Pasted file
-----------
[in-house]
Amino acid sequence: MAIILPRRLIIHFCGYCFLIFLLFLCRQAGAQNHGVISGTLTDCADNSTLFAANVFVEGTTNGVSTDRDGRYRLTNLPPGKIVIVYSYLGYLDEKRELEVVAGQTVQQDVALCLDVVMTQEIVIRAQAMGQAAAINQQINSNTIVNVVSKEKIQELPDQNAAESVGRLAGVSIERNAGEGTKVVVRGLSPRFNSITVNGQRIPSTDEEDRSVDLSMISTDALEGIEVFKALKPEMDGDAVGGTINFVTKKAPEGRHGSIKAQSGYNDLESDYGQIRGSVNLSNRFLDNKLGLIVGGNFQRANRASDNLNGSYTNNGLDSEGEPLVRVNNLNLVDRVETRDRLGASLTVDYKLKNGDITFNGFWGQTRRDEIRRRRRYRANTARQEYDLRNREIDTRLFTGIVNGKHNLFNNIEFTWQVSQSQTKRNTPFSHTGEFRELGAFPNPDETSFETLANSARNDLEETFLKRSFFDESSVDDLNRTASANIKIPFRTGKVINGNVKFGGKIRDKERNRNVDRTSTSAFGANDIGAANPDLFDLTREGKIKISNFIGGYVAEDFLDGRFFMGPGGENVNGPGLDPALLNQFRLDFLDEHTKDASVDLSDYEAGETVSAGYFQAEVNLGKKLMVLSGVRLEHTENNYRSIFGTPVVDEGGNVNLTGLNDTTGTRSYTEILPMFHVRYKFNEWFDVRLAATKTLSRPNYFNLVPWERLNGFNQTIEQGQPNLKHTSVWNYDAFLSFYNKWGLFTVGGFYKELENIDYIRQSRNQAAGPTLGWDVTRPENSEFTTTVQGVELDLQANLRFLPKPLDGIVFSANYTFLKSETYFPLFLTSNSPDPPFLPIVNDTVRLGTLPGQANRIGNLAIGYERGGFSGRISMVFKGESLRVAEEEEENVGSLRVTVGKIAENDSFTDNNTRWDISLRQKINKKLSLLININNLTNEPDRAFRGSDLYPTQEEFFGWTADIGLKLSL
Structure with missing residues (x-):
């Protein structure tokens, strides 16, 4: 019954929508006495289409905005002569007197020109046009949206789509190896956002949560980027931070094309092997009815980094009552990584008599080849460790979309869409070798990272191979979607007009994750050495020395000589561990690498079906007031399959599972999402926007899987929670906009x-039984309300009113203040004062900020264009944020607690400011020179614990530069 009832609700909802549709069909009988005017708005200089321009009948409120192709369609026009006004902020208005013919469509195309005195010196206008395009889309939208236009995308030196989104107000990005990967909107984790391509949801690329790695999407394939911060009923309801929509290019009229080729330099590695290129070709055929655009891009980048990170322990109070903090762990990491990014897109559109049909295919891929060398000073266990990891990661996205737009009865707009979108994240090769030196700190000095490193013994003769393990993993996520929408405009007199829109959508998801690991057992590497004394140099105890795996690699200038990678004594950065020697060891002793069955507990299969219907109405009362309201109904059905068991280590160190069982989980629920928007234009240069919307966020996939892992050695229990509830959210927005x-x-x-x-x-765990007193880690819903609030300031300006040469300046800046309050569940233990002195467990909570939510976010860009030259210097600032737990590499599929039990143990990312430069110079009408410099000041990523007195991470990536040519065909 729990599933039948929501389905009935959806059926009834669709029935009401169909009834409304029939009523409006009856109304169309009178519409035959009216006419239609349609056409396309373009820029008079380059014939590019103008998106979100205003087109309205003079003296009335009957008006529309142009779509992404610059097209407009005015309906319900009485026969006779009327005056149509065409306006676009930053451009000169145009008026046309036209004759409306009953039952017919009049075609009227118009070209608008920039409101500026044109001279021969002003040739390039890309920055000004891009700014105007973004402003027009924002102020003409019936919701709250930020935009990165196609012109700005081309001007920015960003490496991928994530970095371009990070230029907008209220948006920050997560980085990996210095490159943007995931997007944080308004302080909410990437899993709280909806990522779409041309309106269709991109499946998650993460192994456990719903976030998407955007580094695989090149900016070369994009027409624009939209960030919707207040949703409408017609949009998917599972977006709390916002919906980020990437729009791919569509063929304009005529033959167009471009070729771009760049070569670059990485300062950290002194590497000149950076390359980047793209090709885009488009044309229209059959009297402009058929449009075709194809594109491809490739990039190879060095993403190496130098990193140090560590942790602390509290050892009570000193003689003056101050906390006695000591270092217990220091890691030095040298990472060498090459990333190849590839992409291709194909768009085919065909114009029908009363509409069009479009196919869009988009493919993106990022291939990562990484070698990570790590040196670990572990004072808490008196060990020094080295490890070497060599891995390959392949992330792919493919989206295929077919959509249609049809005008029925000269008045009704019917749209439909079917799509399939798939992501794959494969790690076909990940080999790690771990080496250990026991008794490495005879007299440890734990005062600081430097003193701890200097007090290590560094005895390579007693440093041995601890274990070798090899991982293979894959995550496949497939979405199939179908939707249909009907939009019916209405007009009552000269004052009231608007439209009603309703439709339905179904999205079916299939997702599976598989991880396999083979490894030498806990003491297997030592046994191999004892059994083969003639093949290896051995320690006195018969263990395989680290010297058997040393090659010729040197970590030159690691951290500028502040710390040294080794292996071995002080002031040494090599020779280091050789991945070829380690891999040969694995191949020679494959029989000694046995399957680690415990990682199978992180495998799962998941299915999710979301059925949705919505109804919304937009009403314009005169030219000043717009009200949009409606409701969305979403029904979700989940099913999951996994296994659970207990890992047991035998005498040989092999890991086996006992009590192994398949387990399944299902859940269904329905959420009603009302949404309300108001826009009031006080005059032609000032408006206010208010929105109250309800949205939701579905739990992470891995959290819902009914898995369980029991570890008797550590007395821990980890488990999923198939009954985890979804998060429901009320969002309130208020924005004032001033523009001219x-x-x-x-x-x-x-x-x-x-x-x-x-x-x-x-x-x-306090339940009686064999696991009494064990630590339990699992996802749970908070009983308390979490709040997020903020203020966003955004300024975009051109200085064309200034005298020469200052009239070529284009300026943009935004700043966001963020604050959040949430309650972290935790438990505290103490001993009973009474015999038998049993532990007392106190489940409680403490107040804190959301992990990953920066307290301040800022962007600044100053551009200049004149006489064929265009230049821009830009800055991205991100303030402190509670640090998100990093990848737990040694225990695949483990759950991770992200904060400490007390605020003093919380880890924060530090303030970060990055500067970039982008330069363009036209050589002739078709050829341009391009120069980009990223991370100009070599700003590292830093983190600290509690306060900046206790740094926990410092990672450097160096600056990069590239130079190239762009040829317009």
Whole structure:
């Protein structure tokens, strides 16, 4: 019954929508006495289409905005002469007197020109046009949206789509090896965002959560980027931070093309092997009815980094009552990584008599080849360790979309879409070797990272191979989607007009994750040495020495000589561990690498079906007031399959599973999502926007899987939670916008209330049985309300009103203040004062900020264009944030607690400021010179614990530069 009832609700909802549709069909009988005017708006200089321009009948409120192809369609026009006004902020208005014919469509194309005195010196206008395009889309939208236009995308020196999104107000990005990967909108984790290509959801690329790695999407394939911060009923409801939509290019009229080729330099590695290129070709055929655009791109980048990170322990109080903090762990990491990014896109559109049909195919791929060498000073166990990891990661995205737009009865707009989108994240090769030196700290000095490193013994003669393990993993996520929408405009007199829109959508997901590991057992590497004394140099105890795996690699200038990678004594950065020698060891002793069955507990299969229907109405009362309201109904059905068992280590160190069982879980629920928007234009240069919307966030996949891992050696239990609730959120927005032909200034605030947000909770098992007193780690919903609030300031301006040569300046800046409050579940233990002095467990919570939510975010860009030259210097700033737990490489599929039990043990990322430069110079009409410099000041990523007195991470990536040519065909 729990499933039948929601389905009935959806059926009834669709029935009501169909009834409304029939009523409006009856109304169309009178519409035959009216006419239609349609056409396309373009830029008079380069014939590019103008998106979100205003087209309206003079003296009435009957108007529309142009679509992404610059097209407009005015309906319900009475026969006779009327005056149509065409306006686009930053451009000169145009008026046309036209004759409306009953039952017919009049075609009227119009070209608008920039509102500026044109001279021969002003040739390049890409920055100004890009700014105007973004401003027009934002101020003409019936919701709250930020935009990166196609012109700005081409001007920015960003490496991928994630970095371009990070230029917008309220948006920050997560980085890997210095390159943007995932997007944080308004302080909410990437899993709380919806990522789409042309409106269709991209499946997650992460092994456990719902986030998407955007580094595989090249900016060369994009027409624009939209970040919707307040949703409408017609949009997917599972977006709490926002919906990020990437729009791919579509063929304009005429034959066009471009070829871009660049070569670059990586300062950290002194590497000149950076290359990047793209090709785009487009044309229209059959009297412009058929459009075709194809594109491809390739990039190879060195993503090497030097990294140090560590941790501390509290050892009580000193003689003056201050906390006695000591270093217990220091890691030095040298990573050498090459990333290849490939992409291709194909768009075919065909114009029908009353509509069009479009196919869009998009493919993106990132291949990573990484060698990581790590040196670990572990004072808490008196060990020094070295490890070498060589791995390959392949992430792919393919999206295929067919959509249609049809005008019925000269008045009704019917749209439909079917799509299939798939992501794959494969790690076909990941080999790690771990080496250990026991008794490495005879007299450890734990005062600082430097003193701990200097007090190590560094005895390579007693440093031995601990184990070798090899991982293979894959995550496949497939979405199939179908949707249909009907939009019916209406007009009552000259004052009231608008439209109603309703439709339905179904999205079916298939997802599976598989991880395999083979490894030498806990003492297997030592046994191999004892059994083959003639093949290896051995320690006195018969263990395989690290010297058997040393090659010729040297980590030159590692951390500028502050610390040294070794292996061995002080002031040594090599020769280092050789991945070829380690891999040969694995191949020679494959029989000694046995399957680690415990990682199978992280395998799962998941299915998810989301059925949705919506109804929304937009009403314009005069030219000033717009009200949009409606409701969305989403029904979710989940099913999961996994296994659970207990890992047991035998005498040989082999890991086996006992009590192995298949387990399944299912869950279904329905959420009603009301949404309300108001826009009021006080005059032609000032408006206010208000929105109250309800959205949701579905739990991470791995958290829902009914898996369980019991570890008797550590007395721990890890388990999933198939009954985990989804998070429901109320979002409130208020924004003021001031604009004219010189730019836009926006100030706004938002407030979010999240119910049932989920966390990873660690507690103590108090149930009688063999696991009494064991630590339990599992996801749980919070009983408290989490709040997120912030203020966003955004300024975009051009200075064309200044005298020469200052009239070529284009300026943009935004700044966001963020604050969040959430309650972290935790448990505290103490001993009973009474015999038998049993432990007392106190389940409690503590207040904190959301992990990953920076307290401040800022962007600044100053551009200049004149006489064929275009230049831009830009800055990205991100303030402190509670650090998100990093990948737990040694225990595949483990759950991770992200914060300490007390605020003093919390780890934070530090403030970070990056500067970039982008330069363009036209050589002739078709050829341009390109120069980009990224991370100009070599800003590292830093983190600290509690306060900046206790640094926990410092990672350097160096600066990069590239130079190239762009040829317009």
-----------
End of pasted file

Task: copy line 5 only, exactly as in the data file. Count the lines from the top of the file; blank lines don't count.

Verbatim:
Whole structure: